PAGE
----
Symbol Package Formats
  • 27 May 2021
  • 2 Minutes to read
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Symbol Package Formats

  • Dark
  • PDF

When using the multi-feed approach for ProGet as your symbol server, one question that often comes up is whether to use the "new" or the "legacy" symbol format. This article will explain the difference between these two formats, and how they relate to ProGet.

What is a Symbol Package?

A symbol package is really just a NuGet package that has different contents and a .symbols.nupkg or .snupkg file extension. While this seems simple at first, it actually complicates things quite a bit, and causes some headaches.

NuGet packages are uniquely identified by their Id (e.g. FooBar.Utils) and Version (e.g. 3.4.1), which are contained in the package's .nuspec manifest file.

The package's file name has no bearing on this identification In fact, the NuGet client doesn't transmit file names to a feed when publishing packages. It doesn't need to, because packages are uniquely identified by Id and Version.

What this means is that there's no way to distinguish between the FooBar.Utils-3.4.1 and FooBar.Utils-3.4.1 NuGet package. There's no way to tell which FooBar.Utils-3.4.1 is a "library" package, and which FooBar.Utils-3.4.1 is a "symbols" package.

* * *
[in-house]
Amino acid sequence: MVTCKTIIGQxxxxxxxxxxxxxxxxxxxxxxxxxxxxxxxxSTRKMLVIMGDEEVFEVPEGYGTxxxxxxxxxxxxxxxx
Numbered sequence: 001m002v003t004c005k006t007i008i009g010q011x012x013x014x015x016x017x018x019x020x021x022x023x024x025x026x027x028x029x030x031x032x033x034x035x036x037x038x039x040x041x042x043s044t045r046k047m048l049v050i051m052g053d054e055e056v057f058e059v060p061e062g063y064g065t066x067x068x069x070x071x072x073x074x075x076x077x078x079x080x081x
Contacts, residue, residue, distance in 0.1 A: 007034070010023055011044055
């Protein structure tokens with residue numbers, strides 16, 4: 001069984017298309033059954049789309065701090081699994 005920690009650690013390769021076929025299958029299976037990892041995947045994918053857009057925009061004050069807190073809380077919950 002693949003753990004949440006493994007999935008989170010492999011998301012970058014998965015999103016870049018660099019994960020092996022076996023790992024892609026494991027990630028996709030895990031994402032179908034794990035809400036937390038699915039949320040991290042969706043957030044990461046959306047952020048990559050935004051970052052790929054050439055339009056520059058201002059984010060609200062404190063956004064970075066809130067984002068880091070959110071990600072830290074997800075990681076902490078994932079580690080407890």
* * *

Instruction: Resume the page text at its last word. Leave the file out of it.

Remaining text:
This is why you need two feeds when using symbol packages, and also why we generally recommend using the simple, single-feed approach outlined in ProGet as your symbol server.

Legacy Format (.symbols.nupkg)

.symbols.nupkg packages are considered to be legacy symbol packages, and can be created using the pack command on the nuget.exe client:

nuget.exe pack MyPackage.nuspec -Symbols
nuget.exe pack MyProject.csproj -Symbols

When created in this manner, a .symbols.nupkg file is exactly the same as the .nupukg file, but it includes .pdb files alongside the .dll files.

New Format (.snupkg)

.snupkg packages are the "new" format, and can be created using by specifying the SymbolPackageFormat on either the nuget.exe CLI or the dotnet CLI.

nuget pack MyPackage.nuspec -Symbols -SymbolPackageFormat snupkg
nuget pack MyPackage.csproj -Symbols -SymbolPackageFormat snupkg

dotnet pack MyPackage.csproj -p:IncludeSymbols=true -p:SymbolPackageFormat=snupkg

When created in this manner, a .snupkg file will just like the
the .nupukg file, but there will be .pdb filesinstead of the .dll files and the .nuspec manifest file will be slightly different.

Which format to choose for ProGet?

When using a dedicated feed for your symbol server, it really doesn't matter to ProGet. They both "look" the same to ProGet, as they are both NuGet packages.

However, because .symbols.nupkg format is considered legacy, you should probably consider using the new format. In addition, the .snupkg files will be slightly smaller (they don't contain the .dll files), and who doesn't like saving a little disk space from time to time.

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